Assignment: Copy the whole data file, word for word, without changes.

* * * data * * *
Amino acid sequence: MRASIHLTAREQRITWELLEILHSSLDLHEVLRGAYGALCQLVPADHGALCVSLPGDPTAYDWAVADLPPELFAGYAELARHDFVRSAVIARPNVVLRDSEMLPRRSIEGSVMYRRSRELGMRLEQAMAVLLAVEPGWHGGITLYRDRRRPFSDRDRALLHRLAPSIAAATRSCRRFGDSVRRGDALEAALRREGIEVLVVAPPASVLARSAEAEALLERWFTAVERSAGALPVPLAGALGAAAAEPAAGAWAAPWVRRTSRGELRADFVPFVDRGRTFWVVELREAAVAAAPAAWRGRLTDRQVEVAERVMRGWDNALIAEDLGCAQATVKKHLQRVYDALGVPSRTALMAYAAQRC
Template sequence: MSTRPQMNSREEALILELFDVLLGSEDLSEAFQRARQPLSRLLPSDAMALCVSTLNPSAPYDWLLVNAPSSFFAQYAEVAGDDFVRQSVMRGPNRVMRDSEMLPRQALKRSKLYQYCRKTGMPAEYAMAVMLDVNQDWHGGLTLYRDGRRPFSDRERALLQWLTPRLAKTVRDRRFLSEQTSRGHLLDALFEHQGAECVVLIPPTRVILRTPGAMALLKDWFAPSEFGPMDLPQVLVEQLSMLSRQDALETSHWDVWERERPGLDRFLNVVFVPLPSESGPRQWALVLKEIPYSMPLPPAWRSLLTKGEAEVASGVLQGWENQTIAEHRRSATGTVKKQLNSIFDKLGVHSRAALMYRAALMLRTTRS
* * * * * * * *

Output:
Amino acid sequence: MRASIHLTAREQRITWELLEILHSSLDLHEVLRGAYGALCQLVPADHGALCVSLPGDPTAYDWAVADLPPELFAGYAELARHDFVRSAVIARPNVVLRDSEMLPRRSIEGSVMYRRSRELGMRLEQAMAVLLAVEPGWHGGITLYRDRRRPFSDRDRALLHRLAPSIAAATRSCRRFGDSVRRGDALEAALRREGIEVLVVAPPASVLARSAEAEALLERWFTAVERSAGALPVPLAGALGAAAAEPAAGAWAAPWVRRTSRGELRADFVPFVDRGRTFWVVELREAAVAAAPAAWRGRLTDRQVEVAERVMRGWDNALIAEDLGCAQATVKKHLQRVYDALGVPSRTALMAYAAQRC
Template sequence: MSTRPQMNSREEALILELFDVLLGSEDLSEAFQRARQPLSRLLPSDAMALCVSTLNPSAPYDWLLVNAPSSFFAQYAEVAGDDFVRQSVMRGPNRVMRDSEMLPRQALKRSKLYQYCRKTGMPAEYAMAVMLDVNQDWHGGLTLYRDGRRPFSDRERALLQWLTPRLAKTVRDRRFLSEQTSRGHLLDALFEHQGAECVVLIPPTRVILRTPGAMALLKDWFAPSEFGPMDLPQVLVEQLSMLSRQDALETSHWDVWERERPGLDRFLNVVFVPLPSESGPRQWALVLKEIPYSMPLPPAWRSLLTKGEAEVASGVLQGWENQTIAEHRRSATGTVKKQLNSIFDKLGVHSRAALMYRAALMLRTTRS